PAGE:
“When you remove the dysfunction out of your life, growth is inevitable.” – Tim Goad
I heard those very words spoken at a leadership conference 7 years ago and felt immediately how they had impacted me. What I didn’t realize, is that they would become the foundation for some difficult decisions that were to come in my life.
I was well on my way to leading the life I had dreamt for myself. I was mentored by significant leaders, growing and developing on the daily, and all the while being irrevocably in love with my soon to be husband. As every fairy tale unfolds, we got married on a beautiful day, surrounded by our loved ones, and started our journey in the world together. It would be naïve to say that I was 100% prepared for the turbulent times to come, but one thing I did know, was that I was absolutely sure on the person I was to marry. Unfortunately, that certainty was not enough to carry us through the ups and downs of life.
A series of seemly small hiccups occurred along the way, as every normal relationship experiences. What I hadn’t realized at the time was that by not working through the small hiccups, since we’d convinced ourselves that our future was larger and brighter than our current situation, we wouldn’t last through the tests of time to experience the beauty life has to offer. It was the inability to confront conflicts, and communicate through them with honesty and vulnerability, which started the construction of unhealthy walls and boundaries. This should have been the first warning sign that we needed to slow down our fast paced life and get some counseling. Call it fear, ignorance, or just plain old immaturity, I pressed on hoping and praying that things would get better. Most can agree that by simply hoping, without putting real work boots on to make necessary changes, only results in empty good intentions.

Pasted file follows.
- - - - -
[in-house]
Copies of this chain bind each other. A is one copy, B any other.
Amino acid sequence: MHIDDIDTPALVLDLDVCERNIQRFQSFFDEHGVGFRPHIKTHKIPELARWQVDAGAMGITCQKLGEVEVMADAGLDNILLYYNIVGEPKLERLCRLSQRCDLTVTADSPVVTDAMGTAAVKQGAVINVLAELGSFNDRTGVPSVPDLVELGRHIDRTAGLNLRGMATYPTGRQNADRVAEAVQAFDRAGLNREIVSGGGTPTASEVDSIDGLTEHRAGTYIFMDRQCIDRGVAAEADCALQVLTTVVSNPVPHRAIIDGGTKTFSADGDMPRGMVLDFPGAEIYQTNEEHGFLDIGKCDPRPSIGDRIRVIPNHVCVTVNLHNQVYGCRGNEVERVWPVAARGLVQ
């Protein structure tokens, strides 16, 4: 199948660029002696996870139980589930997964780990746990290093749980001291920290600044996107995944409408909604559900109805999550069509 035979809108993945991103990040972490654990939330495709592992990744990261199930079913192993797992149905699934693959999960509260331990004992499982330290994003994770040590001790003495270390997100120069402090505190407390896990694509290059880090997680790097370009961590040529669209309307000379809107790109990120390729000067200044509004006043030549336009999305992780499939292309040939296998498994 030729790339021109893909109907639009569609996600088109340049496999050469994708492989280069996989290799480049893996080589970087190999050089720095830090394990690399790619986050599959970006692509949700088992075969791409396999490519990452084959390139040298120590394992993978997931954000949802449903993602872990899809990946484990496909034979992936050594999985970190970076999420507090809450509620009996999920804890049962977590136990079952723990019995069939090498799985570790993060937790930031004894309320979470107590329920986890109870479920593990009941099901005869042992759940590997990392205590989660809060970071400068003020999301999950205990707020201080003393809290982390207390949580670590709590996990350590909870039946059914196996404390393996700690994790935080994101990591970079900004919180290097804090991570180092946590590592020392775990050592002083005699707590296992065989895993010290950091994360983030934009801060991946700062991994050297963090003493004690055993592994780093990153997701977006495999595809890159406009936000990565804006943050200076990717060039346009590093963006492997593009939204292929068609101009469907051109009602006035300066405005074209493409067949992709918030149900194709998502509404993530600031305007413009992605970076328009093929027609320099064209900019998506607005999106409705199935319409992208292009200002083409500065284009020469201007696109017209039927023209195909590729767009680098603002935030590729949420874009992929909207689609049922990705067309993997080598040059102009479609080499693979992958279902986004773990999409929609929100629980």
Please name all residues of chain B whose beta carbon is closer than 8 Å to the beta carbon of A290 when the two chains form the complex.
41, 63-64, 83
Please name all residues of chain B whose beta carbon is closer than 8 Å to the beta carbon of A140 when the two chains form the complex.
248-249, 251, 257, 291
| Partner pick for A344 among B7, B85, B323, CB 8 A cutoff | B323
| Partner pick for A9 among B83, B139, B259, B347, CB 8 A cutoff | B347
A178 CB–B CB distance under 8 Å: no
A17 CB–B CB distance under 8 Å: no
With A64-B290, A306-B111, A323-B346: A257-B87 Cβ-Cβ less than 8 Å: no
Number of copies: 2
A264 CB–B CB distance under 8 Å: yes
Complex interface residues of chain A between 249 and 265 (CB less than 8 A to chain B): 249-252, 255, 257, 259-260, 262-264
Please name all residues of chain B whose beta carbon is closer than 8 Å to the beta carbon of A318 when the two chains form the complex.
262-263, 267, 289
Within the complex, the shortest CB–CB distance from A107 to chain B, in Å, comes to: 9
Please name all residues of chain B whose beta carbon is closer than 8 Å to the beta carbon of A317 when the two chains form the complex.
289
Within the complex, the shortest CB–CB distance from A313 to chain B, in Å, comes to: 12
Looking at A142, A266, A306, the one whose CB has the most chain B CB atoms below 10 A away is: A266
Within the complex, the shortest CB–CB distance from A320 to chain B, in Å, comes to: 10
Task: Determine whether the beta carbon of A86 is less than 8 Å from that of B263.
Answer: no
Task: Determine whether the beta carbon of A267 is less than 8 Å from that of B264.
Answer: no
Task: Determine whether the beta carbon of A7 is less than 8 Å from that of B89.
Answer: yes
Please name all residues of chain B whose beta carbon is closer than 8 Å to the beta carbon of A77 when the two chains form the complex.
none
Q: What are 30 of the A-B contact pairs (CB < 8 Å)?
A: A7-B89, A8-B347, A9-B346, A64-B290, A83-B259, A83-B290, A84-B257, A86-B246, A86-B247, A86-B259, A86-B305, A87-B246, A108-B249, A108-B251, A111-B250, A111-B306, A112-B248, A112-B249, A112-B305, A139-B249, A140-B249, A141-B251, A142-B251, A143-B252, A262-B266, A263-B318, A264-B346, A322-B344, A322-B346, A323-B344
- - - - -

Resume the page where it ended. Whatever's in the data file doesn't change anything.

As the years went by, I would look at the person in the mirror and recognized myself less and less. Where had the ambitious, independent, bubbly and compassionate person gone? The person who had constantly thrown herself into moments of impact so she could transform into the powerful being she was created to be. The person that looked like me and sounded like me had turned into an insecure and judgmental perfectionist. How did this happen? When a person sacrifices too much of them self, to appease another’s needs and desires, they become completely ungrounded and imbalanced. Taking on the unhealthy challenge to please a person who is unhappy with his or her own sense of self, will only result in exhaustion.